Previous studies of postmenopausal women have suggested the beneficial effect of estrogen therapy on muscle mass and function. Because of this, it is believed that postmenopausal women are more vulnerable to sarcopenia. Although alcohol is known to inhibit skeletal muscle protein synthesis, few studies have examined the relationship between sarcopenia and alcohol-drinking patterns.
The Korean-based study included 2,373 postmenopausal women (mean age, 62.4 y), 8.2% of whom were identified as having sarcopenia. Participants were categorized into three groups according to alcohol-drinking patterns, as assessed by the Alcohol Use Disorders Identification Test questionnaire.
Study results published in the article "Associations between high-risk alcohol consumption and sarcopenia among postmenopausal women" show that the prevalence of sarcopenia was found to be nearly four times greater for the high-risk, alcohol-drinking group than the low-risk group. High-risk drinking was determined by the self-reporting of quantity and frequency of alcohol consumption, combined with a perceived lack of control over drinking, as well as blackouts and other injuries related to drinking. Women in the high-risk, alcohol-drinking group were more likely to be current smokers and have worse blood pressure and total cholesterol. They were also significantly younger.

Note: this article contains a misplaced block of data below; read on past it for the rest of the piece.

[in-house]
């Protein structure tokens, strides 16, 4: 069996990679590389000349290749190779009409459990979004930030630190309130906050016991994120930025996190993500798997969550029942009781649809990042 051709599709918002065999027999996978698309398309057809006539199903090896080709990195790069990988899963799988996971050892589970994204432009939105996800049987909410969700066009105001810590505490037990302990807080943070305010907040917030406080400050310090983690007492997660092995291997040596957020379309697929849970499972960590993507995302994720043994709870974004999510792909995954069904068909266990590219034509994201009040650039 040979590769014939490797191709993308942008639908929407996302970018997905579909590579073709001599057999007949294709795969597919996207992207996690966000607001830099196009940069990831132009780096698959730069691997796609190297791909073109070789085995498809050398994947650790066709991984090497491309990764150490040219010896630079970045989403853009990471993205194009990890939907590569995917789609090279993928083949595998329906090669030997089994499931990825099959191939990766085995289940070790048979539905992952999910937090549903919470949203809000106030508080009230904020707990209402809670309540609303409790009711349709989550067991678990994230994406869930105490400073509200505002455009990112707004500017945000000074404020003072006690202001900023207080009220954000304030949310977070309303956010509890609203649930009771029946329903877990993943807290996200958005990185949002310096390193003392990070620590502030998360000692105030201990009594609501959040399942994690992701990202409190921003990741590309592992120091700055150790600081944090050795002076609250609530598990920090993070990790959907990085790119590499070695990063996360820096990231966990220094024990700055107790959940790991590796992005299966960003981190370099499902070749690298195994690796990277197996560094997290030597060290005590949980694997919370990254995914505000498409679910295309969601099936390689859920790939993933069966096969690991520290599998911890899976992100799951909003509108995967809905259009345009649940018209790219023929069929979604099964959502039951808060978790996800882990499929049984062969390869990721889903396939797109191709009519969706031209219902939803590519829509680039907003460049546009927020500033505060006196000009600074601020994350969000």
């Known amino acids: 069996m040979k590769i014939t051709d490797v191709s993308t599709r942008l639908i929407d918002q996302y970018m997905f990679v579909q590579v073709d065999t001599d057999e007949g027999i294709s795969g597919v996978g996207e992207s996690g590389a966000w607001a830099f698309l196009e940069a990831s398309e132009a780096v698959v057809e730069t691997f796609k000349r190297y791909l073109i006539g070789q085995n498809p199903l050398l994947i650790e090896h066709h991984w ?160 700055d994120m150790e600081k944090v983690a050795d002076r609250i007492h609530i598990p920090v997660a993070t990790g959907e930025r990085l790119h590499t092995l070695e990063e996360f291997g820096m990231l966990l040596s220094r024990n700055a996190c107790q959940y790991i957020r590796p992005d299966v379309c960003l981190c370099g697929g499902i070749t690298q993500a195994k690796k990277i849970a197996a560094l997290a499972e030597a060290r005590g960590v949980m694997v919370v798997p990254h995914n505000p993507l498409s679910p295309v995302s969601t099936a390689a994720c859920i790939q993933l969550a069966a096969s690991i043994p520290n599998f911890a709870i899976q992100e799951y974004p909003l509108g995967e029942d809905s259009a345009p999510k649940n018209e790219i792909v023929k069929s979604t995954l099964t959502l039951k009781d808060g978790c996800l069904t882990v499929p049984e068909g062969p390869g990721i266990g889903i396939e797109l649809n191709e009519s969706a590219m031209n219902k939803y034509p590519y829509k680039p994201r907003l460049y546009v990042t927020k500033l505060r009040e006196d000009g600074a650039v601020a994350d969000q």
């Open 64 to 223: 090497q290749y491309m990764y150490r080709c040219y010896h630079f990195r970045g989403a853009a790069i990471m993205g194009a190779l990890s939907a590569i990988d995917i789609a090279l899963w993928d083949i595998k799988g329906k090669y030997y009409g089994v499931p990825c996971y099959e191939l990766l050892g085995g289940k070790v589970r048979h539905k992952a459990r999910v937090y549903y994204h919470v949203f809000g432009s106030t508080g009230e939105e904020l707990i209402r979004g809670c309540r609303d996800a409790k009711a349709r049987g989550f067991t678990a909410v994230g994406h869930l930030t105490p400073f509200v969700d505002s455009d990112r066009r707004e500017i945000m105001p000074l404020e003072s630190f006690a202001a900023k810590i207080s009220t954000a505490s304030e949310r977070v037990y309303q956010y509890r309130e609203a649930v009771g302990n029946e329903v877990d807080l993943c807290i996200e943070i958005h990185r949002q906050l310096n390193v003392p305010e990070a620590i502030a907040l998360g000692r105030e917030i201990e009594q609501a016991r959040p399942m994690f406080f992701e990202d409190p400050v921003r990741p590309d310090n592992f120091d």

"Preclinical studies suggest a possible benefit of estrogen therapy when combined with exercise to increase strength and performance and to prevent the loss of muscle mass, but the role of estrogen in muscle mass is not yet clear for postmenopausal women," says Dr. JoAnn Pinkerton, executive director of NAMS. "With this study suggesting that more muscle loss leads to sarcopenia and other studies suggesting that even one drink of alcohol may increase the risk of breast cancer, postmenopausal women should limit their alcohol intake."